The welding procedure you choose to use can frequently have an impact on the final product's quality and effectiveness when it comes to fabricating structural steel.
Choosing the appropriate welding techniques depends on the structural steel product's unique set of properties. Check this handy list to determine the correct technique for your project.
Wire Arc Welding
Stick welding, commonly referred to as shielded metal arc welding (SMAW), is a welding technique that uses electricity and an electrode with a predetermined length to combine various metals.
Due to its portability and ease of use, structural steel welders should use this procedure in the field as often as possible.
However, this welding method can be cumbersome due to repeated stick electrode replacements and consumption. Thus, this method is suited for locations and applications where only a little welding is needed.
Flux-Cored Self-Shielded Arc Welding (FCAW-S)
FCAW-S is another welding technique in the field. This welding procedure applies to applications needing a lot of welding activity, which significantly increases productivity.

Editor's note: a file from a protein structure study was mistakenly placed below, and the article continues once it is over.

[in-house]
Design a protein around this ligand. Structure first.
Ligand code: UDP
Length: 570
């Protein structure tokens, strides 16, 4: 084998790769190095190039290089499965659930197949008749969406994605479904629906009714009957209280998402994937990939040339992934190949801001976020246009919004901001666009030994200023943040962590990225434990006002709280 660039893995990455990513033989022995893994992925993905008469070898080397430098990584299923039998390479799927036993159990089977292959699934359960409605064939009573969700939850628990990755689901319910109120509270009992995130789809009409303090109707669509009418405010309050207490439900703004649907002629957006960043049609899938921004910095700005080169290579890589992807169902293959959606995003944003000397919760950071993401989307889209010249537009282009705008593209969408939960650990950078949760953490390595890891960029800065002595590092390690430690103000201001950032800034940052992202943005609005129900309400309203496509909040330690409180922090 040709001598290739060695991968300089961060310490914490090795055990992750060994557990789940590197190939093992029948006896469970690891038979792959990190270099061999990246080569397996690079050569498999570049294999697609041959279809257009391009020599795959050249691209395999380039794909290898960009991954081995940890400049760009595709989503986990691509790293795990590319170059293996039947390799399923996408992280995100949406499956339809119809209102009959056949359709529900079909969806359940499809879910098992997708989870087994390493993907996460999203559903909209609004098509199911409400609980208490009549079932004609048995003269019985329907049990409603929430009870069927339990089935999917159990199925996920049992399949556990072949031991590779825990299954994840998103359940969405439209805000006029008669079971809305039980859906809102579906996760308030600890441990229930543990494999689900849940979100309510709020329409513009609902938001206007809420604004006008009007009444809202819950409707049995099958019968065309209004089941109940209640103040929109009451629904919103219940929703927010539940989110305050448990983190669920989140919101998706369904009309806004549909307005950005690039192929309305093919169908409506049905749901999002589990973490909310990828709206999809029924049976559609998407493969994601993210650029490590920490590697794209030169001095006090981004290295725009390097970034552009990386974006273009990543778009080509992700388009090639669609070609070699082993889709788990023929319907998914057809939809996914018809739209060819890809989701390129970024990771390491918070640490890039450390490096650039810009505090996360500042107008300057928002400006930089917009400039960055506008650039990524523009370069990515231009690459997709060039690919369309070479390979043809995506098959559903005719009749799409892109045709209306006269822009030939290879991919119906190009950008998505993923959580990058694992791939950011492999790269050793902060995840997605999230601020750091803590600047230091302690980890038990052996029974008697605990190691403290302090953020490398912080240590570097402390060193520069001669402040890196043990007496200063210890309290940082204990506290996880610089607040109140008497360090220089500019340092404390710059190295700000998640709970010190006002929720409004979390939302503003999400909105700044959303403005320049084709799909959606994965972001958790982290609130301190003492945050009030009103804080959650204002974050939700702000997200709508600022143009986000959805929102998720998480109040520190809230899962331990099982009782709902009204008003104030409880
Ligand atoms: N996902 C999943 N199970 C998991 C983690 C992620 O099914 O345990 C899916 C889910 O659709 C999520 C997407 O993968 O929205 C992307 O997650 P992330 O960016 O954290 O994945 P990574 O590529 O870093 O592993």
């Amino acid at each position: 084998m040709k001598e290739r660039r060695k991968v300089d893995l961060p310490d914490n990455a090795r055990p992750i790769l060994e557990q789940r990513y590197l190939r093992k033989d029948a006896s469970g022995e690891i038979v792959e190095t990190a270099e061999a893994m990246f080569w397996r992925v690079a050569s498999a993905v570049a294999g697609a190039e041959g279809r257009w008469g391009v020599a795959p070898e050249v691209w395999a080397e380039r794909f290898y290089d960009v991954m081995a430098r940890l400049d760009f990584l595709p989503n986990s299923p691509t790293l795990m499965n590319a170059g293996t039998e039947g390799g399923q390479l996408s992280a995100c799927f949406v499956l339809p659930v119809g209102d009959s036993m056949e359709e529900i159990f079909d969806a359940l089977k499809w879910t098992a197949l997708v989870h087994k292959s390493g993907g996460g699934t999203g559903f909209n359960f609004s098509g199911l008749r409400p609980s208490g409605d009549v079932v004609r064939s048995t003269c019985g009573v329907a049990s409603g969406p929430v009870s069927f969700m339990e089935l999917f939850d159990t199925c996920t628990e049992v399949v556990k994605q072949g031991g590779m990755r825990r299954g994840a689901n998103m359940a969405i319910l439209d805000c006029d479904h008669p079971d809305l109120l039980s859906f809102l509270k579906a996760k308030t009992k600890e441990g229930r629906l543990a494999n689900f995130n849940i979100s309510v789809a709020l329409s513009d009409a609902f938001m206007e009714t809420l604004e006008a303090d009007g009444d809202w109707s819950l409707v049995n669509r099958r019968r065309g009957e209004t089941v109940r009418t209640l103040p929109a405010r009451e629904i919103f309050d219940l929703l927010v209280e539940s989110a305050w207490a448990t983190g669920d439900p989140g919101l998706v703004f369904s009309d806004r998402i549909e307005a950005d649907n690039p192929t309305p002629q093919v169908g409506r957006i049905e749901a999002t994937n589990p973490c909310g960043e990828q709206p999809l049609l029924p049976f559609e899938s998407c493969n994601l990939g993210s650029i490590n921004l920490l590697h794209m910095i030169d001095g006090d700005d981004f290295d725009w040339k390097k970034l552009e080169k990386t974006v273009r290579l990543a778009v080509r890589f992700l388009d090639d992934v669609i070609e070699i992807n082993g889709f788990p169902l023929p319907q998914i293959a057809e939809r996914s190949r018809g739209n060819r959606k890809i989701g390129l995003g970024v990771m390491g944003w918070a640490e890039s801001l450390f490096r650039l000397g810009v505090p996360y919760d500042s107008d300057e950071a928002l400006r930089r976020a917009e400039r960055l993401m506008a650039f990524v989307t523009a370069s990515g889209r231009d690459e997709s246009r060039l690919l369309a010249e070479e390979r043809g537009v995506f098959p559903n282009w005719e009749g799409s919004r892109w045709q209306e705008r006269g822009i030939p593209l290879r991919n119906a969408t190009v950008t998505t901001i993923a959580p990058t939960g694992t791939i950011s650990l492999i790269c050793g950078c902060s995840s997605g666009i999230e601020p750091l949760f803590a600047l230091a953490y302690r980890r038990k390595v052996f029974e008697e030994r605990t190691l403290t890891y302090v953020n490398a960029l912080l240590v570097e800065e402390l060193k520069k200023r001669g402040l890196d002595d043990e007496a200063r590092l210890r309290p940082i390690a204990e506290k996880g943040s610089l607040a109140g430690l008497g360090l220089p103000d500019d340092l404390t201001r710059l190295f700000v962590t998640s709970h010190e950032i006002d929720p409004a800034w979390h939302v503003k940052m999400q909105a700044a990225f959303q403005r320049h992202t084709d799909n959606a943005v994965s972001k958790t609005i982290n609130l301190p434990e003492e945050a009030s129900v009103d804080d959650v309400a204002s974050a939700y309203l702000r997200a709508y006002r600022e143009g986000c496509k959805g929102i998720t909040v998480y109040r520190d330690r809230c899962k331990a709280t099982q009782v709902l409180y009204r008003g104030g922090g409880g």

FCAW-S is also great for large, heavy, and multi-pass welding projects. FCAW-S is only for stationary applications, despite its ability to increase efficiency. Due to the intricacy of its requirements and operations, it also requires the required training.
Flux-cored Gas-shielded Arc Welding (FCAW-G)
Due to its versatility and ease of use, FCAW-G is used by structural steel welders. It has better electrode material selection, deeper penetration, and the capacity to link plates even when impurities are present.
The slag generated by FCAW-G's wires must be eliminated between passes and after welding. This prevents it from building up on the floor, tools, and fixtures.
Submerged Arc Welding
Indoor structural steel welding also uses submerged arc welding (SAW). Often, this welding method involves significant upfront costs.
On the other hand, it can increase productivity rates on structural steel applications with multi-pass and continuous welds.
Solid or metal-cored wires are used with SAW because of their higher deposition rate, which can speed up travel times when making welds of the same size and shorten welding times.
These benefits lessen the need for pricey straightening procedures.
Welding using Metal Inert Gas (MIG)
Indoor structural steel welding is an excellent application for MIG welding as well. Because MIG welding doesn't produce any slag, unlike FCAW-G, chipping and grinding are no longer essential.
Weld operators can conserve resources like time and money because these post-weld procedures are not necessary. However, MIG welding is tricky to utilize, especially for some welders. With this welding procedure, welding out of position can also be difficult and time-consuming.
Contact a company that offers structural steel welding to learn more.